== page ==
The Mystery of Chinese Culture: Behind the Walls of White

Living in houses, we fill our rooms with the specific atmosphere that is characteristic only for our inner self. The interior design mirrors our thoughts and ideas, telling the guests much more than the host would like to tell them. Because of the peculiarities of the Chinese culture, the room of a Chinese teenager can offer much more food for thoughts than a museum excursion.

Taking a closer look at the way the girl has designed the interior of her room, one can see the peculiarities of the Chinese culture mixed with the girl’s tastes to produce a stunning and unusual effect. Because of the mixture of Chinese and Japanese which the room represents, the interior provides sufficient food for thoughts concerning the cultures fusion and the way it is represented in the Chinese room interior.

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You Name It! The Denotative Analysis

Because of the fact that the room under the analysis belongs to a teenage Chinese girl, it is quite peculiar to see the way the Chinese wisdom and religious traditions are intertwined with the teenager’s tastes and preferences.

Analyzing the denotation of the room design, one must mention that the spirit of Chinese traditions and beliefs still can be traced here, despite the influence of the modern ideas and trends which is evident in the style of the room decoration and the objects that the girl has used to furnish the room.

Defining the purpose of the objects in the room, one has to mention that most of them are designed to create the specific atmosphere of belonging to certain teenage culture, namely, Japanese anime. Therefore, many objects are used only for decoration of the room, whereas there are only few which serve certain purpose.

Among them, there are the objects that are most necessary for a teenage girl, that is, the bed, a small table, a lamp on it, a couple of chairs and a writing table with a computer on it. The functionality of the objects is quite obvious, it must be admitted. The way the room is furnished reflects the traditional idea of the Chinese minimalism with the inevitable speck of chic about the details of the interior.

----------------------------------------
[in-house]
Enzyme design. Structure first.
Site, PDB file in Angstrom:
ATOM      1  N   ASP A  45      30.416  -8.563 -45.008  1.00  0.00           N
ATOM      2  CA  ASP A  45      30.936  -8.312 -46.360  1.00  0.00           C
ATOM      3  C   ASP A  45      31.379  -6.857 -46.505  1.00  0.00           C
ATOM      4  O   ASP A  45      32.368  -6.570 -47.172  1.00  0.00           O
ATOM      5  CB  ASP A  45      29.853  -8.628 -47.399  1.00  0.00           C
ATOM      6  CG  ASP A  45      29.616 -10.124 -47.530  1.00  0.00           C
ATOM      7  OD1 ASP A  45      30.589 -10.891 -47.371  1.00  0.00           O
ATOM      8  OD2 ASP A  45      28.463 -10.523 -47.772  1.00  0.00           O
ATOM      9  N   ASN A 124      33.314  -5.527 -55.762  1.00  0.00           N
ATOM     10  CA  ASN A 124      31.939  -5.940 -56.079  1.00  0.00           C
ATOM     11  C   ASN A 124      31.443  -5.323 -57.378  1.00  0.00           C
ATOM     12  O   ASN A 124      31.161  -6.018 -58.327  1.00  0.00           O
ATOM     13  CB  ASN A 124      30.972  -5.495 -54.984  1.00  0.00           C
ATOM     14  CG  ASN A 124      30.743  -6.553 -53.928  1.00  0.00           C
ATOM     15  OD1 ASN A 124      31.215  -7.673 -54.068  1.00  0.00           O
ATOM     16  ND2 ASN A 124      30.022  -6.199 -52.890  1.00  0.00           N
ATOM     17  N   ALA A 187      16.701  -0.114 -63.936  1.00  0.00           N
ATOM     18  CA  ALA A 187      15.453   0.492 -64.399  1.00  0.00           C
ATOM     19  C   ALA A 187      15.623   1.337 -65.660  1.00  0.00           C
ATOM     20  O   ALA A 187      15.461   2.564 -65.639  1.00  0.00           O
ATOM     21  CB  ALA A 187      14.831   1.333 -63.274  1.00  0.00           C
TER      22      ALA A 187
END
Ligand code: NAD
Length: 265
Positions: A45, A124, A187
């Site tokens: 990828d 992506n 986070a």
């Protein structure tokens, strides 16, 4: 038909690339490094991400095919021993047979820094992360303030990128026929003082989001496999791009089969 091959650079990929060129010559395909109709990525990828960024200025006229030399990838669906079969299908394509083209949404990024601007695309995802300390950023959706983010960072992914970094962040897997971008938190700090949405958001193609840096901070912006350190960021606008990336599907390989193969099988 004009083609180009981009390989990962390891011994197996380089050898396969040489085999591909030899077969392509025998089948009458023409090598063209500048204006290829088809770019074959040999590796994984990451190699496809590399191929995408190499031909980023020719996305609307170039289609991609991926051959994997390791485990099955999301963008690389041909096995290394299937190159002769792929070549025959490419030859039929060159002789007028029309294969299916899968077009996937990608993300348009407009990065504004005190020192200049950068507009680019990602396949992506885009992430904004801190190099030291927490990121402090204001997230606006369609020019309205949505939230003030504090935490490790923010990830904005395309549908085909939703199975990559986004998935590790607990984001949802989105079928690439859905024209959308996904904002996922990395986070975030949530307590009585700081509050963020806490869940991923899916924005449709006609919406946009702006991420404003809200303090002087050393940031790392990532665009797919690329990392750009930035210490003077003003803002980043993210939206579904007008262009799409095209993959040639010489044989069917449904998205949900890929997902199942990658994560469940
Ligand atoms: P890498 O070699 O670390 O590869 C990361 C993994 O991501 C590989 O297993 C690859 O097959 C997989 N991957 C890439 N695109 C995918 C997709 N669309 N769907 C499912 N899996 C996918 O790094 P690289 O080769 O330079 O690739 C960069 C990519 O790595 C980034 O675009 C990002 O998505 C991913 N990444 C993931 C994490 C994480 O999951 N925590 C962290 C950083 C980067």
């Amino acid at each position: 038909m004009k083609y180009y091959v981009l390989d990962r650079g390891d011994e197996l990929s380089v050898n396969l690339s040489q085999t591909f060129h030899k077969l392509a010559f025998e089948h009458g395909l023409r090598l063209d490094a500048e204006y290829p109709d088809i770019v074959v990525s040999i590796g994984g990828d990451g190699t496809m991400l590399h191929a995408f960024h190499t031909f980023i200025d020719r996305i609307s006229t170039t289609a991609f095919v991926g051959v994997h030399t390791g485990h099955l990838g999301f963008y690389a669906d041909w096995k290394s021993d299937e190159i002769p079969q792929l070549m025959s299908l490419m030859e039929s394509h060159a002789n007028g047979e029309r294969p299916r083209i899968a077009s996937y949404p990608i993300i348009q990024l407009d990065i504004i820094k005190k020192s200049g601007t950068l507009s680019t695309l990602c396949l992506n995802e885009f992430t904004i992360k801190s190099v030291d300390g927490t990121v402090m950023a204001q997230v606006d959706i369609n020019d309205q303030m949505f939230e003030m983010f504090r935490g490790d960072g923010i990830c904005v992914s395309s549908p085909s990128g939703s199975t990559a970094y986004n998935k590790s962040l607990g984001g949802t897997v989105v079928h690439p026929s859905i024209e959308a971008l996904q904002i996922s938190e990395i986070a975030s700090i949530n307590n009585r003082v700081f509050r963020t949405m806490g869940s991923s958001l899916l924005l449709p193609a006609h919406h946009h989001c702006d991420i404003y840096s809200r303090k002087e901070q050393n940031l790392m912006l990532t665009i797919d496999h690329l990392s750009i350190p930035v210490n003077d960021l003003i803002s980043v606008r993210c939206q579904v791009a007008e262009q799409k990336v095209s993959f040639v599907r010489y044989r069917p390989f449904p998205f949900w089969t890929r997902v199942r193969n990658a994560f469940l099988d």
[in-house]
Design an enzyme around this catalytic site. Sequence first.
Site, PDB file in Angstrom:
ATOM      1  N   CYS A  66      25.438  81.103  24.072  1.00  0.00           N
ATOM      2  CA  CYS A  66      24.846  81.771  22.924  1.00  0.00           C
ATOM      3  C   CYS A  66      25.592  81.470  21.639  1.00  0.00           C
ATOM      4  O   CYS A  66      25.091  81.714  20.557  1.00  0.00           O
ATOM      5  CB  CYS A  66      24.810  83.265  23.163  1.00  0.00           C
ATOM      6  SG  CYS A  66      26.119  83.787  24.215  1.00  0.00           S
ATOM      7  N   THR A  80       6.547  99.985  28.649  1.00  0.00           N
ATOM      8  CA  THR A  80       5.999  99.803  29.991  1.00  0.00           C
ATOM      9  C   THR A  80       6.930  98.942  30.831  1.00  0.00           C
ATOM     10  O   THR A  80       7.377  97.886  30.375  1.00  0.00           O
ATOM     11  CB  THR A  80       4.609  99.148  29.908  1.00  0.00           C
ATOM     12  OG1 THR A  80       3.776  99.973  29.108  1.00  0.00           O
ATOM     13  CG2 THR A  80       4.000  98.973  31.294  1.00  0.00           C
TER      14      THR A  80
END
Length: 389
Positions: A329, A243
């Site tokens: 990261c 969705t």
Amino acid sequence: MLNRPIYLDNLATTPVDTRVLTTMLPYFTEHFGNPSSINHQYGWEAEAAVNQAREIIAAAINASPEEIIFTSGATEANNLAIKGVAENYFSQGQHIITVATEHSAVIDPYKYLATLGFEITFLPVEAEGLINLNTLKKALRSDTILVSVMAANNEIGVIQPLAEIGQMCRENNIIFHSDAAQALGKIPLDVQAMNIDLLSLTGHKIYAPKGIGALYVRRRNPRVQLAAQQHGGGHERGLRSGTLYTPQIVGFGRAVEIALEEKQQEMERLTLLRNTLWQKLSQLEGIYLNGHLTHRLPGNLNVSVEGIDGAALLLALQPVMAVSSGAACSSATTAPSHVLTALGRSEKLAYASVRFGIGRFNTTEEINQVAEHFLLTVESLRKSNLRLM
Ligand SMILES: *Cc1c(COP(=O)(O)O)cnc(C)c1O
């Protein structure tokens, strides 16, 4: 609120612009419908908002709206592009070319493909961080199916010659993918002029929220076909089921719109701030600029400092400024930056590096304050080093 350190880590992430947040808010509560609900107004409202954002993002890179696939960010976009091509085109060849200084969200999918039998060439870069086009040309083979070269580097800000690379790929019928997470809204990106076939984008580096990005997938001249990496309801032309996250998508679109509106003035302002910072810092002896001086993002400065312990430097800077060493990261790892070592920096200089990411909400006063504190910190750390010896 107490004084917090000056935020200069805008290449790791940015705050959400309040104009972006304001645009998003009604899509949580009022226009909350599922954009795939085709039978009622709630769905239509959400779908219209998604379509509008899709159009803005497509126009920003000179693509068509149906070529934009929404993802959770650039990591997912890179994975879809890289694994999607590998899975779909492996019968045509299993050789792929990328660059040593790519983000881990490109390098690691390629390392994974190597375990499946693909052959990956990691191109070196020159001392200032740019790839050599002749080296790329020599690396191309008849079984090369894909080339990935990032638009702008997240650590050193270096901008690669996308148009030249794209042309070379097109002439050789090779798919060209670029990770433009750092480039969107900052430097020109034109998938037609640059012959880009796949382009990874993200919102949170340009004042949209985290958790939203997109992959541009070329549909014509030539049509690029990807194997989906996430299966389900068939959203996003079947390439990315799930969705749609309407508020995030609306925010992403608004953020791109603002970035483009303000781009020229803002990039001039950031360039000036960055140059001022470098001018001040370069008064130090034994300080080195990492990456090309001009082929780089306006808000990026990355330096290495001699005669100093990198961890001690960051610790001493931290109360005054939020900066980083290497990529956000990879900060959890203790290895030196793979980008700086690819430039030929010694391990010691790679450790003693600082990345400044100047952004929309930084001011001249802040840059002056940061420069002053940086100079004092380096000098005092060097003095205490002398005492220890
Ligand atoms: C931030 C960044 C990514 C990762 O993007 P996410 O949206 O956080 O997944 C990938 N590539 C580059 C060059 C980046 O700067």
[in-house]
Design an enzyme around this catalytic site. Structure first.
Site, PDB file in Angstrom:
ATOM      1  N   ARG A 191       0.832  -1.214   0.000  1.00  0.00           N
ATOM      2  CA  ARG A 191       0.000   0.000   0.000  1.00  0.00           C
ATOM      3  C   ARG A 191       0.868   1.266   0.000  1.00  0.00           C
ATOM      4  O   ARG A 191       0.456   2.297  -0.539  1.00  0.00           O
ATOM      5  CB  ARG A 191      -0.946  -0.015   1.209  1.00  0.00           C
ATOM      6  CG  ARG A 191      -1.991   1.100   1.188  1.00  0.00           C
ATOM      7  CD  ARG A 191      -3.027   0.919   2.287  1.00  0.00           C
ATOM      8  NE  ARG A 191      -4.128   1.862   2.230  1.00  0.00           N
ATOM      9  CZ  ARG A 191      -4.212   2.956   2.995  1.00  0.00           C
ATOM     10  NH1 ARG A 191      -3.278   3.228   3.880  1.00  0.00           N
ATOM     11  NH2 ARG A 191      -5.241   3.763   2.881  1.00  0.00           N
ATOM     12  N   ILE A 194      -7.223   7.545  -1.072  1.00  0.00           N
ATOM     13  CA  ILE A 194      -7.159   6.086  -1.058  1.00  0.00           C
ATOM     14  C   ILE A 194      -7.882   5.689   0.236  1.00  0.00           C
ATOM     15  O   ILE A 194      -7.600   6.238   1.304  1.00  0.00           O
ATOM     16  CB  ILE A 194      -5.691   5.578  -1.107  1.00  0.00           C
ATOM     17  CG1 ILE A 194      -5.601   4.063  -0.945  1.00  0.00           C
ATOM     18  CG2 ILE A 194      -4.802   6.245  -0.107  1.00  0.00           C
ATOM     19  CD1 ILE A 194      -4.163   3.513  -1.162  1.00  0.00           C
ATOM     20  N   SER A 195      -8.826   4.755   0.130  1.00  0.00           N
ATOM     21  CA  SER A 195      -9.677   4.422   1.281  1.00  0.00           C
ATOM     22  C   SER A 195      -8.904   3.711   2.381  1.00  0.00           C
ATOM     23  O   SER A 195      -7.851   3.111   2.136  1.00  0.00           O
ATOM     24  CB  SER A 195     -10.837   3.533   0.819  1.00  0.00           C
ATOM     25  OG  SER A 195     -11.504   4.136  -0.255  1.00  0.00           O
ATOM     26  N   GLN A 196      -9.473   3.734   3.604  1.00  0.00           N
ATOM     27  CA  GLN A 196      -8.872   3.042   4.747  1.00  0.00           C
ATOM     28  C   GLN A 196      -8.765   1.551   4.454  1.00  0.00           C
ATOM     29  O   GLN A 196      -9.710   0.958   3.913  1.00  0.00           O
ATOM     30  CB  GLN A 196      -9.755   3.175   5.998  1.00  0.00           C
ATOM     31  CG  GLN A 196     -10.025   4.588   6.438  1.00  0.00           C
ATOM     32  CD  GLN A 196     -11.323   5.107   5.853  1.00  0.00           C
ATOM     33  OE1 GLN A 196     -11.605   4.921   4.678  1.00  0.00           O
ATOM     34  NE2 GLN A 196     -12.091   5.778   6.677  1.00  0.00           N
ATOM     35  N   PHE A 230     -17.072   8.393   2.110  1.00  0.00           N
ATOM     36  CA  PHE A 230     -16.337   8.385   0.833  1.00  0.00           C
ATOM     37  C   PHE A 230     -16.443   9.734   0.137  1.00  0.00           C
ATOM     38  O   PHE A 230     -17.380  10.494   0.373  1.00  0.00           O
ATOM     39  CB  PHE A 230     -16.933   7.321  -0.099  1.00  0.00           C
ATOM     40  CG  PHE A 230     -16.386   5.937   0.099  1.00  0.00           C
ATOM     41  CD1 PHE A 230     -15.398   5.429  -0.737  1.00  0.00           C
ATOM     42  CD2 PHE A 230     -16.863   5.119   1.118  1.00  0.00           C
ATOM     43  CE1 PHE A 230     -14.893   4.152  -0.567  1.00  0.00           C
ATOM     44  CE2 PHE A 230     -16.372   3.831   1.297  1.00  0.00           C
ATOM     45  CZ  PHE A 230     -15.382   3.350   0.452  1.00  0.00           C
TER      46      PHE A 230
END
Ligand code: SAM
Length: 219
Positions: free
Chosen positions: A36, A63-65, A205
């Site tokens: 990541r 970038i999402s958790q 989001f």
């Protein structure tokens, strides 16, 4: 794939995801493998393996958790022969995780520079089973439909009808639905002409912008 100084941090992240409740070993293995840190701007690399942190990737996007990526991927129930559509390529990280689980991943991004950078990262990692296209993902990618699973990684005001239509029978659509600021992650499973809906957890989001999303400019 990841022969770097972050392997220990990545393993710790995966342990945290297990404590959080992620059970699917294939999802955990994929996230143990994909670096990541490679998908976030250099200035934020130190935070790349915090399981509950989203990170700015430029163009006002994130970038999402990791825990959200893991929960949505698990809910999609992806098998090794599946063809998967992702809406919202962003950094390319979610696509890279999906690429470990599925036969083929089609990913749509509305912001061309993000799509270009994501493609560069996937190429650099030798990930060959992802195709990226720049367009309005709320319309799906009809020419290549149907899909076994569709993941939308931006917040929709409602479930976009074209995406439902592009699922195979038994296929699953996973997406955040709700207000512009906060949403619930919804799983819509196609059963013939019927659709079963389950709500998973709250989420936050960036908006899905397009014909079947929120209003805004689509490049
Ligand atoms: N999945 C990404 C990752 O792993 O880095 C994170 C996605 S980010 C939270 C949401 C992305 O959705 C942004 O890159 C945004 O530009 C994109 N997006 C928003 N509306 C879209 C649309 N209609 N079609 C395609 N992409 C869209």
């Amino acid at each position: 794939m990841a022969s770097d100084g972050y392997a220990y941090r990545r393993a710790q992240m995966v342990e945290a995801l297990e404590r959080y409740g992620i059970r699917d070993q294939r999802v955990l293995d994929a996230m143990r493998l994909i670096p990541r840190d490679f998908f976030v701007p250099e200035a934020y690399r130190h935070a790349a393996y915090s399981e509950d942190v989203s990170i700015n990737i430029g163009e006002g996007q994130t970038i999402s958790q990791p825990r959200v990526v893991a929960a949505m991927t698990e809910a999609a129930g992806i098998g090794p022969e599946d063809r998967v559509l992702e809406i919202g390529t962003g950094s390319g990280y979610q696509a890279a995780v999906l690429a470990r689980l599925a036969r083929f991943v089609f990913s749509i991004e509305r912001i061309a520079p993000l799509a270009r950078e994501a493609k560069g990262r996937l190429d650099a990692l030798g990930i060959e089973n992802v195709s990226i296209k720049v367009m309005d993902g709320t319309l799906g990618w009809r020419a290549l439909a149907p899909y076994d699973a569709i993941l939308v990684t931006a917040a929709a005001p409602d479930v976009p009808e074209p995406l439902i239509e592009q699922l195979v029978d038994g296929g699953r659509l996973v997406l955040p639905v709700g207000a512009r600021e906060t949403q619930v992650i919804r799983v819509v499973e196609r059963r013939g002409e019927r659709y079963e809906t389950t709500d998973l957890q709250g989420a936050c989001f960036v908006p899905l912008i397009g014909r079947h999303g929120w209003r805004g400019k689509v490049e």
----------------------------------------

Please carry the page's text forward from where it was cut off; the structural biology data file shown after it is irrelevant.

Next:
It cannot be denied that the Chinese longing for the refined atmosphere is fully represented in this small room; even the rugs on the floor possess the gleam of silk. Combined with the traditional minimalism, the furnishing of the house provides the traditional impression that Crouch was talking about: “This holistic approach cam be analyzed in terms of functional needs, technology and aesthetics” (240).

Another feature of the room is the big windows with rather light curtains that move with each slight blow of the wind. Creating an impression of spaciousness and freshness, the big windows are traditional for the southern part of China, as Crouch marks (240), which is a mark of what part of China exactly the girl comes from.

Therefore, the functionality of the room cannot be denied. Yet on the other hand, one has to admit that the premises are overstuffed with a plethora of decorative items that do not have certain purpose and are used rather as the lucky charms or the elements of the girl’s culture.

Looking through the Prism of Chinese Culture: The Connotative Analysis

Requiring a deep insight into the fusion of the Chinese and the Japanese cultures, the connotative analysis of the girl’s room will offer an exciting trip to the world of Japanese anime and Chinese myths. As Moore marked it, “Inferences about a variety of characteristics of the interior of the home and the residents reflected the actual characteristics” (169). Therefore, a connotative analysis of the girl’s room can be the key to her character as well.